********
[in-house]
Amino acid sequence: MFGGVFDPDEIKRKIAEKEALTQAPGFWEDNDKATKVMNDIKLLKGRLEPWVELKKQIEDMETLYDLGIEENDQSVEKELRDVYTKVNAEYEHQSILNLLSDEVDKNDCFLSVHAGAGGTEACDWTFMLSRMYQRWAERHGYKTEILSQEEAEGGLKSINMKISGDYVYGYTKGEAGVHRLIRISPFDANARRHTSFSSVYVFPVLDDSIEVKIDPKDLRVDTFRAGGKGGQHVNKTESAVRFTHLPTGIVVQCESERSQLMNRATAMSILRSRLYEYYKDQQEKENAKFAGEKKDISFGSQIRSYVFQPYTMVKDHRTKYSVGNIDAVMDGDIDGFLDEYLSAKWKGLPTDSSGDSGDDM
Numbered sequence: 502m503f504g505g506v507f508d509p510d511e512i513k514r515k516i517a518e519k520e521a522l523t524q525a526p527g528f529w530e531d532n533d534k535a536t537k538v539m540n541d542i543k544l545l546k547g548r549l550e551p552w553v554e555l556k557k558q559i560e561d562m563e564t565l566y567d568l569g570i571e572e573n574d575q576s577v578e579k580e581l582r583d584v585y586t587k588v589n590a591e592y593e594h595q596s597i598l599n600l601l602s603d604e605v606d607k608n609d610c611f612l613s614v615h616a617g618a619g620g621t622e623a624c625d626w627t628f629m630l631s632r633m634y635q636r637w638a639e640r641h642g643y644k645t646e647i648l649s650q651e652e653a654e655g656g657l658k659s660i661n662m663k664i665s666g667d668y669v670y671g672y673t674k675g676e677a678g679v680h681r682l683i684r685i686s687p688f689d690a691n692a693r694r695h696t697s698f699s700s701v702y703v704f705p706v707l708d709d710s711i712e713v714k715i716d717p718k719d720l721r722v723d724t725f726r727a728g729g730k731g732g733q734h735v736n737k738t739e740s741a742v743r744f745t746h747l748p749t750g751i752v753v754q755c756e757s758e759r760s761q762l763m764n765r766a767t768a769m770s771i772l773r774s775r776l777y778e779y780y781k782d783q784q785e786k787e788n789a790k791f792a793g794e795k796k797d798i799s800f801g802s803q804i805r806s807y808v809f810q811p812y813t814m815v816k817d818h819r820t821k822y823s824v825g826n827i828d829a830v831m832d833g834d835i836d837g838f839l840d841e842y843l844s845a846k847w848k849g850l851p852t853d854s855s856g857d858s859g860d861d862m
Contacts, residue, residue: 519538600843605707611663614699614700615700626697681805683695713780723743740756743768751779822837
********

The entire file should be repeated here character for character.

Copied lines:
[in-house]
Amino acid sequence: MFGGVFDPDEIKRKIAEKEALTQAPGFWEDNDKATKVMNDIKLLKGRLEPWVELKKQIEDMETLYDLGIEENDQSVEKELRDVYTKVNAEYEHQSILNLLSDEVDKNDCFLSVHAGAGGTEACDWTFMLSRMYQRWAERHGYKTEILSQEEAEGGLKSINMKISGDYVYGYTKGEAGVHRLIRISPFDANARRHTSFSSVYVFPVLDDSIEVKIDPKDLRVDTFRAGGKGGQHVNKTESAVRFTHLPTGIVVQCESERSQLMNRATAMSILRSRLYEYYKDQQEKENAKFAGEKKDISFGSQIRSYVFQPYTMVKDHRTKYSVGNIDAVMDGDIDGFLDEYLSAKWKGLPTDSSGDSGDDM
Numbered sequence: 502m503f504g505g506v507f508d509p510d511e512i513k514r515k516i517a518e519k520e521a522l523t524q525a526p527g528f529w530e531d532n533d534k535a536t537k538v539m540n541d542i543k544l545l546k547g548r549l550e551p552w553v554e555l556k557k558q559i560e561d562m563e564t565l566y567d568l569g570i571e572e573n574d575q576s577v578e579k580e581l582r583d584v585y586t587k588v589n590a591e592y593e594h595q596s597i598l599n600l601l602s603d604e605v606d607k608n609d610c611f612l613s614v615h616a617g618a619g620g621t622e623a624c625d626w627t628f629m630l631s632r633m634y635q636r637w638a639e640r641h642g643y644k645t646e647i648l649s650q651e652e653a654e655g656g657l658k659s660i661n662m663k664i665s666g667d668y669v670y671g672y673t674k675g676e677a678g679v680h681r682l683i684r685i686s687p688f689d690a691n692a693r694r695h696t697s698f699s700s701v702y703v704f705p706v707l708d709d710s711i712e713v714k715i716d717p718k719d720l721r722v723d724t725f726r727a728g729g730k731g732g733q734h735v736n737k738t739e740s741a742v743r744f745t746h747l748p749t750g751i752v753v754q755c756e757s758e759r760s761q762l763m764n765r766a767t768a769m770s771i772l773r774s775r776l777y778e779y780y781k782d783q784q785e786k787e788n789a790k791f792a793g794e795k796k797d798i799s800f801g802s803q804i805r806s807y808v809f810q811p812y813t814m815v816k817d818h819r820t821k822y823s824v825g826n827i828d829a830v831m832d833g834d835i836d837g838f839l840d841e842y843l844s845a846k847w848k849g850l851p852t853d854s855s856g857d858s859g860d861d862m
Contacts, residue, residue: 519538600843605707611663614699614700615700626697681805683695713780723743740756743768751779822837